One of the big demographic shifts that started just a few years ago was the baby boomer generation reaching 65 years of age. The number of people retiring has gone from 2 ½ million to 3 ½ million per year in a short period of time. Long story short, the population aged 20-64 is only growing by 1 million per year right now when it used to grow by 2 million. It could even be seen going to 500,000 per year. This will create a lot of tightness in the labor supply. The question is whether enough automation can come along to solve the problem. The surge in retirement we are seeing today is going to provide a lot more employment opportunity for young people. On one technical note, this year is the one where the oldest boomer will turn 70. You will likely see an acceleration in the retirement years.
The last question Bruce first asked Doug had to do with historical charts. We have 5% unemployment right now and about 1+ GDP growth as well as a 10-year T-Bill that is 1.7. These three charts have never existed together in years prior. Bruce asked why 5%, full employment, is not doing what it normally does and what is missing in that employment number. Doug said this is a great question and one in which there is a lot of controversy among economists. For one, there are 95 million people who are working age eligible and not in the workface. It is not even known what they are doing. If you lay all the economists in the world down end to end, they will not reach a conclusion. Even though with the 5% unemployment it looks like there should be serious wage inflation, we are not seeing this.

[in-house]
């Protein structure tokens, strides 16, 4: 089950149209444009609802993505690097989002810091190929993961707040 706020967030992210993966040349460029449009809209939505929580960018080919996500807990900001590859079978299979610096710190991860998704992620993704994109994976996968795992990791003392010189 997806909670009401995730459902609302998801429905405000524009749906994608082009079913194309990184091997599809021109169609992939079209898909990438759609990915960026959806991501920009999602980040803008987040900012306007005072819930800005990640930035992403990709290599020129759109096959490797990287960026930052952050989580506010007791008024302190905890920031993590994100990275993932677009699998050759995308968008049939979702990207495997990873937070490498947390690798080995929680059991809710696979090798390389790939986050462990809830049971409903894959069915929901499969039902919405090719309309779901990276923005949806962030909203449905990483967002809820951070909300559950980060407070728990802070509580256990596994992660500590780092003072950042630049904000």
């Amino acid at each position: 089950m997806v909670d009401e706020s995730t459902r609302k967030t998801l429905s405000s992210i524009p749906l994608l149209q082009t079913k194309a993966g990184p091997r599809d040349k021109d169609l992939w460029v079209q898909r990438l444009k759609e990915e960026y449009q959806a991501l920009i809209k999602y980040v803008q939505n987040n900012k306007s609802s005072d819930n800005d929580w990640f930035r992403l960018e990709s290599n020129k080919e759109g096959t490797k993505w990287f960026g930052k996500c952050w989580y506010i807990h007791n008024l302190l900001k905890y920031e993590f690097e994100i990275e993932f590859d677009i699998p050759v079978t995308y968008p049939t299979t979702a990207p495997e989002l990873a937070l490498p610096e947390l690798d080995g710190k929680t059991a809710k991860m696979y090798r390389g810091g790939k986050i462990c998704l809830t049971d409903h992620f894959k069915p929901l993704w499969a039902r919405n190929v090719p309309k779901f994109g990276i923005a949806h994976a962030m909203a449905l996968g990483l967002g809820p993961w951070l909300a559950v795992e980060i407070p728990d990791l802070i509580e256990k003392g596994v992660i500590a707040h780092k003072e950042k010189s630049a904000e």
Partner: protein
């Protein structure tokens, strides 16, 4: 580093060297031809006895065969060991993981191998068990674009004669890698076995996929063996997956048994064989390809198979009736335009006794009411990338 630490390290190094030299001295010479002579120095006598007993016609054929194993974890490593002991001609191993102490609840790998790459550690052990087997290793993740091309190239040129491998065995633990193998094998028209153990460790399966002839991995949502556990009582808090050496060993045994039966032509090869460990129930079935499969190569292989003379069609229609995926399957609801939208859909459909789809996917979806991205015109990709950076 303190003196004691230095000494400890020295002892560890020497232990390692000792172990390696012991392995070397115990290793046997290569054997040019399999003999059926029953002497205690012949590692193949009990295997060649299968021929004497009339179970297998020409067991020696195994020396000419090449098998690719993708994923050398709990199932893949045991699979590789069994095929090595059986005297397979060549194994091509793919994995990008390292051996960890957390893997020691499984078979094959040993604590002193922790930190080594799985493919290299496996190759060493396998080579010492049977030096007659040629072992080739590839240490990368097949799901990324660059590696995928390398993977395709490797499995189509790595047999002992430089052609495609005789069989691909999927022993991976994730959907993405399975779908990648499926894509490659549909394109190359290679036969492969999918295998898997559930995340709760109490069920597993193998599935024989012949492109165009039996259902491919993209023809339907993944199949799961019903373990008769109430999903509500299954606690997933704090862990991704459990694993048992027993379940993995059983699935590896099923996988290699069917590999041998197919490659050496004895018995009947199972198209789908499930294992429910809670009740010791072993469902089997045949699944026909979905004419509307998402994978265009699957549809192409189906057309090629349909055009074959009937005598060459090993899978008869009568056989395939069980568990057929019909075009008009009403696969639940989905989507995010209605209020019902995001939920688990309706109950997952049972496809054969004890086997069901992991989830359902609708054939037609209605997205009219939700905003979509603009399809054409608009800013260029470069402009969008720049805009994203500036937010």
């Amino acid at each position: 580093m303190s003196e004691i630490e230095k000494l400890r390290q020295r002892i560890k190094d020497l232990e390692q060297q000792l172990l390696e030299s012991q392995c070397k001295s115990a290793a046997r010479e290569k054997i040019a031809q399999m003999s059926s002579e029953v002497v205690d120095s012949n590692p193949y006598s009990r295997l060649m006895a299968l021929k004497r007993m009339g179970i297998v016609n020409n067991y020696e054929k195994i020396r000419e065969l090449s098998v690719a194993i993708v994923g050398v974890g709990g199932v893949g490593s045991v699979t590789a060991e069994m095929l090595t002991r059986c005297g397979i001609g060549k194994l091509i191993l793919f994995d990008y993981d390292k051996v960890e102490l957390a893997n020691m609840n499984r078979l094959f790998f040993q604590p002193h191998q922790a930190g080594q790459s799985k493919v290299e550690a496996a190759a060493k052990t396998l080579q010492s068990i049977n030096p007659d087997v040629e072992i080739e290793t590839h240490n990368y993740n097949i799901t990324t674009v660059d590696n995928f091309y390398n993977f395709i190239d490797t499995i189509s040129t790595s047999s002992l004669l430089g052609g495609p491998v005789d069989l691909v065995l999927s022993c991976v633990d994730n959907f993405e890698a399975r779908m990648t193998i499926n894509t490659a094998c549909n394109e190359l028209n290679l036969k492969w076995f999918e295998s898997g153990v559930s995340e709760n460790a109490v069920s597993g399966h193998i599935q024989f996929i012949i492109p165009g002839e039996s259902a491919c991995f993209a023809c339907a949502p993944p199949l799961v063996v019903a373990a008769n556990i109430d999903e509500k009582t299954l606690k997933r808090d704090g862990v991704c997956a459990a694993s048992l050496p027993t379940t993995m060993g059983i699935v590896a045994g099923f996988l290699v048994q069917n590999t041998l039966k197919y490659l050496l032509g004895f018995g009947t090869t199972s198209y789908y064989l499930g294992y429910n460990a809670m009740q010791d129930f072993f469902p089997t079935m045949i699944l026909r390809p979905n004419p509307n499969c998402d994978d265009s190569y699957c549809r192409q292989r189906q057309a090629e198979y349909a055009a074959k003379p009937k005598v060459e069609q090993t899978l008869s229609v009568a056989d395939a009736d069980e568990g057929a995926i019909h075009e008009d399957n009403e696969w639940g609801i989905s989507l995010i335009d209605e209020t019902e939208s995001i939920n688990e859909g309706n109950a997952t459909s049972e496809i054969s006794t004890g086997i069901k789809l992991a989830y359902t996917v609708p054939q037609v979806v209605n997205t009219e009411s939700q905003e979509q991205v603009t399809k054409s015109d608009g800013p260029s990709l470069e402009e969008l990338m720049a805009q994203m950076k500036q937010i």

There are all these people still on the sidelines; so when job prospects improve you start to see some movement back into the labor force. This increase in supply then keeps wages suppressed. In the most recent month’s release we saw about 500,000 people re-enter the labor force because the unemployment rate had gotten that low. The real wage rates accelerated a little, so they are still below the average wage rate increase from World War 2 to 2000, even in the 7th year of this expansion. This is how weak this expansion has been. Going back to what John discussed, it is economics that is holding back the younger households.
In terms of the other impact on wage rates not growing, that comes from the lack of productivity. This is historically low, in fact negative, in recent periods. The chain of events is businesses expect growth in sales and demand, so they invest in equipment to improve the tools with which the workers work to make them more productive. When sales go up, they can pay the workers more; and that draw down in negative productivity is a key factor in this.